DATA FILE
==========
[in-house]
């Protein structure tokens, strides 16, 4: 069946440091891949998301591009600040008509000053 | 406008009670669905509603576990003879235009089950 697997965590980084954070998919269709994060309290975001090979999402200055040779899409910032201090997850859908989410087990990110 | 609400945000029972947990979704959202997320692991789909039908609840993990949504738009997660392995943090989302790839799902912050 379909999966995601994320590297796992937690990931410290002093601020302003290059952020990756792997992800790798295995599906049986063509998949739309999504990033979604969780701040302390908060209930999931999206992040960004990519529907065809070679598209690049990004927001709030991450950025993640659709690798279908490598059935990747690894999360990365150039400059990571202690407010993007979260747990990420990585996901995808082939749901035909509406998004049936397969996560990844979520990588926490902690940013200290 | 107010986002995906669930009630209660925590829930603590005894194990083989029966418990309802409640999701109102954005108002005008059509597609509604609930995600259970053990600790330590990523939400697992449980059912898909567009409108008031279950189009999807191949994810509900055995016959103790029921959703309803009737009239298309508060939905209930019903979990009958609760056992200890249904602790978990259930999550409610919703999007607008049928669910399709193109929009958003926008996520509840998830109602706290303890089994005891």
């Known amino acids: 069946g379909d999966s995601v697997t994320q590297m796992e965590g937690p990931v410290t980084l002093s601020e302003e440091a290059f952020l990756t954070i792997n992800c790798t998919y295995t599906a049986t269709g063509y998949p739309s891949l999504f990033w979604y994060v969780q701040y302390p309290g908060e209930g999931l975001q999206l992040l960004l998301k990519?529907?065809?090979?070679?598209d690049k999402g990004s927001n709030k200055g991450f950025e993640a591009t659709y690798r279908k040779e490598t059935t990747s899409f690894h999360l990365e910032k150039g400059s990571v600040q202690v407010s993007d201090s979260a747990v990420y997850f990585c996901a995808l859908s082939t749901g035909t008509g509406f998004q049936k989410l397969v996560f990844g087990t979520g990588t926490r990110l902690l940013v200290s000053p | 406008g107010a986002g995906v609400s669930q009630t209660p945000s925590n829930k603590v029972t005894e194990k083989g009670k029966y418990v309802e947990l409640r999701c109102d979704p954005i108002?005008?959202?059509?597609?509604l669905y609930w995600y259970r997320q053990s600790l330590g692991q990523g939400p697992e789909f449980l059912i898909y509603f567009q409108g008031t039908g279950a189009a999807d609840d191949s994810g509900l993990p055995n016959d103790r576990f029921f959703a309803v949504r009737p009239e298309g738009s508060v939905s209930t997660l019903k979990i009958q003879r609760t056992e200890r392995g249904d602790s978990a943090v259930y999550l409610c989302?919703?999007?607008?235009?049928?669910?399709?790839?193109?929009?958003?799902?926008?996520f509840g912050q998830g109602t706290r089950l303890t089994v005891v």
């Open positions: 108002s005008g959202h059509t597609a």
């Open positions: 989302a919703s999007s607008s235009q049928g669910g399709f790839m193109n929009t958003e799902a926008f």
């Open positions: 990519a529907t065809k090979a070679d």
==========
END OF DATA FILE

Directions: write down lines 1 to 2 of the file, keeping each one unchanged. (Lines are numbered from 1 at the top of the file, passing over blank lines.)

[in-house]
């Protein structure tokens, strides 16, 4: 069946440091891949998301591009600040008509000053 | 406008009670669905509603576990003879235009089950 697997965590980084954070998919269709994060309290975001090979999402200055040779899409910032201090997850859908989410087990990110 | 609400945000029972947990979704959202997320692991789909039908609840993990949504738009997660392995943090989302790839799902912050 379909999966995601994320590297796992937690990931410290002093601020302003290059952020990756792997992800790798295995599906049986063509998949739309999504990033979604969780701040302390908060209930999931999206992040960004990519529907065809070679598209690049990004927001709030991450950025993640659709690798279908490598059935990747690894999360990365150039400059990571202690407010993007979260747990990420990585996901995808082939749901035909509406998004049936397969996560990844979520990588926490902690940013200290 | 107010986002995906669930009630209660925590829930603590005894194990083989029966418990309802409640999701109102954005108002005008059509597609509604609930995600259970053990600790330590990523939400697992449980059912898909567009409108008031279950189009999807191949994810509900055995016959103790029921959703309803009737009239298309508060939905209930019903979990009958609760056992200890249904602790978990259930999550409610919703999007607008049928669910399709193109929009958003926008996520509840998830109602706290303890089994005891």